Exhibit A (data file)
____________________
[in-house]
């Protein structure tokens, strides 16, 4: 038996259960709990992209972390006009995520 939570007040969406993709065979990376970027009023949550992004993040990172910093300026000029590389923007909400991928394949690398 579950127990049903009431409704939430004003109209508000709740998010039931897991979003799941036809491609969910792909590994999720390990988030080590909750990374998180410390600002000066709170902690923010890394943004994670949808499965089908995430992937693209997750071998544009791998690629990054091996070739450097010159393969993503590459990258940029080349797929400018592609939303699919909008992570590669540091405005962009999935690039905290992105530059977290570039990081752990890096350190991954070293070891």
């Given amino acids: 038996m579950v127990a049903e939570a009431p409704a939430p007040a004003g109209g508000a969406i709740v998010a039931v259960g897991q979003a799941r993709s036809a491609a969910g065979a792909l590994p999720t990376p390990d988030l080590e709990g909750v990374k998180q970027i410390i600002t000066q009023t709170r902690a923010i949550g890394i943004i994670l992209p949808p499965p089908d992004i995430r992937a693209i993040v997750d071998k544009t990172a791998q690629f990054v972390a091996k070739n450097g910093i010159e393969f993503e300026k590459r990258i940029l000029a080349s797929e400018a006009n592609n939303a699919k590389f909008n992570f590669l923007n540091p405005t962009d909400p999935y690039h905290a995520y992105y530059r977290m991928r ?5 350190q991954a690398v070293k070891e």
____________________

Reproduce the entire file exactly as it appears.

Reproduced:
[in-house]
């Protein structure tokens, strides 16, 4: 038996259960709990992209972390006009995520 939570007040969406993709065979990376970027009023949550992004993040990172910093300026000029590389923007909400991928394949690398 579950127990049903009431409704939430004003109209508000709740998010039931897991979003799941036809491609969910792909590994999720390990988030080590909750990374998180410390600002000066709170902690923010890394943004994670949808499965089908995430992937693209997750071998544009791998690629990054091996070739450097010159393969993503590459990258940029080349797929400018592609939303699919909008992570590669540091405005962009999935690039905290992105530059977290570039990081752990890096350190991954070293070891």
């Given amino acids: 038996m579950v127990a049903e939570a009431p409704a939430p007040a004003g109209g508000a969406i709740v998010a039931v259960g897991q979003a799941r993709s036809a491609a969910g065979a792909l590994p999720t990376p390990d988030l080590e709990g909750v990374k998180q970027i410390i600002t000066q009023t709170r902690a923010i949550g890394i943004i994670l992209p949808p499965p089908d992004i995430r992937a693209i993040v997750d071998k544009t990172a791998q690629f990054v972390a091996k070739n450097g910093i010159e393969f993503e300026k590459r990258i940029l000029a080349s797929e400018a006009n592609n939303a699919k590389f909008n992570f590669l923007n540091p405005t962009d909400p999935y690039h905290a995520y992105y530059r977290m991928r ?5 350190q991954a690398v070293k070891e």